A few new nurses and a doctor (student) come in and everyone keeps question his heart rate. He's no longer playing with his toy. He's having a hard time talking or staying awake. We look and his entire body is covered in hives. I tell them he needs another shot of epinephrine. That sometimes one isn't enough. I mumble on about biphasic reactions. There are now several nurses in the room and I'm standing in the corner watching. Helpless. Terrified. A nurse gives him a second shot of epinephrine in his arm. I have no clue the drugs being administered by IV. He's still on oxygen. We're somehow left alone in the room for a minute. Or maybe we're not. I think his nurse is still in the room at this point but I'm no longer confidant she is adequately handling the situation. Tagg is no longer coughing or visibly wheezing but that somehow seems worse. He begins foaming at the mouth and loosing consciousness. He's pale. So pale. I run to the nurse station to relay this information and everyone behind the counter runs in. The nurse who looked like the big boss of the others asked her staff why she wasn't notified a nut allergy was on the floor. They move fast like you see on TV.
I'm ushered out of the room by an angel nurse who hugs me and lets me cry. She tells me he's going to be okay and that she's praying for him. I've seen enough Greys Anatomy to know it's never good when they make you leave the room. My mom brings me my phone and says I need to call Matthew. I know she's right. He needs to come. Now. I had to give him the opportunity to come say goodbye to his son.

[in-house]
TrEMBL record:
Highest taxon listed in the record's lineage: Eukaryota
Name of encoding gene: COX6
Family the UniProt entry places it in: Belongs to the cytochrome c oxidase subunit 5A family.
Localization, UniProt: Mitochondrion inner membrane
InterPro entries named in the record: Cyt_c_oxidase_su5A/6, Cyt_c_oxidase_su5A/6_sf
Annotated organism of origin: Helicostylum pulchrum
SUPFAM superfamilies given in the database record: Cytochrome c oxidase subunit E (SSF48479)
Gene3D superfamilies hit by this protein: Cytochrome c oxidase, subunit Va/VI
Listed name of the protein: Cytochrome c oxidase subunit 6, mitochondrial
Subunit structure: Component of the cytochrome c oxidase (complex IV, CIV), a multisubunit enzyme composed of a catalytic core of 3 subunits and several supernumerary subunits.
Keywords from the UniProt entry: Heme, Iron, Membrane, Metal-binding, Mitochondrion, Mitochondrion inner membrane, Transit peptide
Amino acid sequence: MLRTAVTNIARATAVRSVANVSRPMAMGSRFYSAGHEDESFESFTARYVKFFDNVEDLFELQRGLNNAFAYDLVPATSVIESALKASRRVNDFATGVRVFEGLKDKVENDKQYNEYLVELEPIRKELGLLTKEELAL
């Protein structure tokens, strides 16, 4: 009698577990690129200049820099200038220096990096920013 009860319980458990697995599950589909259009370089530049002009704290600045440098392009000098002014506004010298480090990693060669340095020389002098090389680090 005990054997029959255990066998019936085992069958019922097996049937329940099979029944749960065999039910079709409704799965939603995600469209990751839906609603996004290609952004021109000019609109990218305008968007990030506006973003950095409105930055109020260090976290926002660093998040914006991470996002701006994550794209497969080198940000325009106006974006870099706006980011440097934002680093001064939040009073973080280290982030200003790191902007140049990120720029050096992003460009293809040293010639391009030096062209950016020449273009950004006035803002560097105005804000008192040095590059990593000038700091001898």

A doctor finds me and tells me they're moving him to the ICU. What they don't tell me is that he's in Cardiovascular Collapse--Cardiac Arrest brought on by progressive respiratory failure and shock. The foaming of the mouth is a seizure-like symptom brought on by a lack of oxygen getting to his organs. His lungs were no longer moving air. His blood vessels were collapsing. There is more but it's all information I learned after the fact and none of it was important in the moment. The only important thing is that he survived.
For everyone else, I hope this gives you a tiny glimpse into a world you may not fully understand. To have less contempt and more empathy when you see a *no nuts* line item on the bottom of the class list. In addition to the constant worry of stranger danger, and bullying, and broken bones, this constant fear is the undercurrent of our motherhood.
I certainly hope that I have shared our story from place of healing and as an act of service to everyone suffering from life threatening food allergies and to the mama's that work diligently and constantly to keep their loved ones safe. I can't imagine going through an emergency such as this and not needing outside help. There is much to be done to get you and your child mentally well after a traumatic injury or illness. Never be afraid of reaching out.
Food Allergy Action Plan
Epinephrine Access Information
Anaphylaxis Signs and Symptoms
After the Injury help for the mental well being of children and caregivers following hospitalizations
After the Injury when to get outside help